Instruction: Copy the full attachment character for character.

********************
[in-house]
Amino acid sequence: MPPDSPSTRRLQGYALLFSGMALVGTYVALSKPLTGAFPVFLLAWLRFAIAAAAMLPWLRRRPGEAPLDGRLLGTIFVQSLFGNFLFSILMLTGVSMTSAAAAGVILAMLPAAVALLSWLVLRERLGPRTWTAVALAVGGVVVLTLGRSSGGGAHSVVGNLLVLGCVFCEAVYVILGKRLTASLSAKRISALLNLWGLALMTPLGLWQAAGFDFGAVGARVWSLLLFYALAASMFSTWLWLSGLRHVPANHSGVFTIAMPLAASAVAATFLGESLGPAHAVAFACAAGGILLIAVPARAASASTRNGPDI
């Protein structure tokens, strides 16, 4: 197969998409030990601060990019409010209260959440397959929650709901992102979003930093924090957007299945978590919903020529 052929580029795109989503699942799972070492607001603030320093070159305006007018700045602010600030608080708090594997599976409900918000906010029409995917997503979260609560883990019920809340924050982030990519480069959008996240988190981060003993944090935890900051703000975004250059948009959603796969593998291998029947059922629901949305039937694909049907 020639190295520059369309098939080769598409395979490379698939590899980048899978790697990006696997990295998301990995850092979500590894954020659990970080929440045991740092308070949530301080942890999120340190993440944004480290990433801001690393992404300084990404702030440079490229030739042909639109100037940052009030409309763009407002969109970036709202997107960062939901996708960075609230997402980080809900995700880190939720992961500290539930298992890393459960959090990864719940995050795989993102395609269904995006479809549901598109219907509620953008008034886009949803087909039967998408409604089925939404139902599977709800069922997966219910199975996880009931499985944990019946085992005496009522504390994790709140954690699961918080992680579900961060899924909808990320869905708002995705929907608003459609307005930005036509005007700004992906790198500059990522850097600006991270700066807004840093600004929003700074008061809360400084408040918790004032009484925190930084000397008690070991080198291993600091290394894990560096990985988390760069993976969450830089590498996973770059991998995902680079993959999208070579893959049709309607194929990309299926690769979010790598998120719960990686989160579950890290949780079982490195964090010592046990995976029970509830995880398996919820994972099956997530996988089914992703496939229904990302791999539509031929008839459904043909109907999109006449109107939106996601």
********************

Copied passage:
[in-house]
Amino acid sequence: MPPDSPSTRRLQGYALLFSGMALVGTYVALSKPLTGAFPVFLLAWLRFAIAAAAMLPWLRRRPGEAPLDGRLLGTIFVQSLFGNFLFSILMLTGVSMTSAAAAGVILAMLPAAVALLSWLVLRERLGPRTWTAVALAVGGVVVLTLGRSSGGGAHSVVGNLLVLGCVFCEAVYVILGKRLTASLSAKRISALLNLWGLALMTPLGLWQAAGFDFGAVGARVWSLLLFYALAASMFSTWLWLSGLRHVPANHSGVFTIAMPLAASAVAATFLGESLGPAHAVAFACAAGGILLIAVPARAASASTRNGPDI
């Protein structure tokens, strides 16, 4: 197969998409030990601060990019409010209260959440397959929650709901992102979003930093924090957007299945978590919903020529 052929580029795109989503699942799972070492607001603030320093070159305006007018700045602010600030608080708090594997599976409900918000906010029409995917997503979260609560883990019920809340924050982030990519480069959008996240988190981060003993944090935890900051703000975004250059948009959603796969593998291998029947059922629901949305039937694909049907 020639190295520059369309098939080769598409395979490379698939590899980048899978790697990006696997990295998301990995850092979500590894954020659990970080929440045991740092308070949530301080942890999120340190993440944004480290990433801001690393992404300084990404702030440079490229030739042909639109100037940052009030409309763009407002969109970036709202997107960062939901996708960075609230997402980080809900995700880190939720992961500290539930298992890393459960959090990864719940995050795989993102395609269904995006479809549901598109219907509620953008008034886009949803087909039967998408409604089925939404139902599977709800069922997966219910199975996880009931499985944990019946085992005496009522504390994790709140954690699961918080992680579900961060899924909808990320869905708002995705929907608003459609307005930005036509005007700004992906790198500059990522850097600006991270700066807004840093600004929003700074008061809360400084408040918790004032009484925190930084000397008690070991080198291993600091290394894990560096990985988390760069993976969450830089590498996973770059991998995902680079993959999208070579893959049709309607194929990309299926690769979010790598998120719960990686989160579950890290949780079982490195964090010592046990995976029970509830995880398996919820994972099956997530996988089914992703496939229904990302791999539509031929008839459904043909109907999109006449109107939106996601």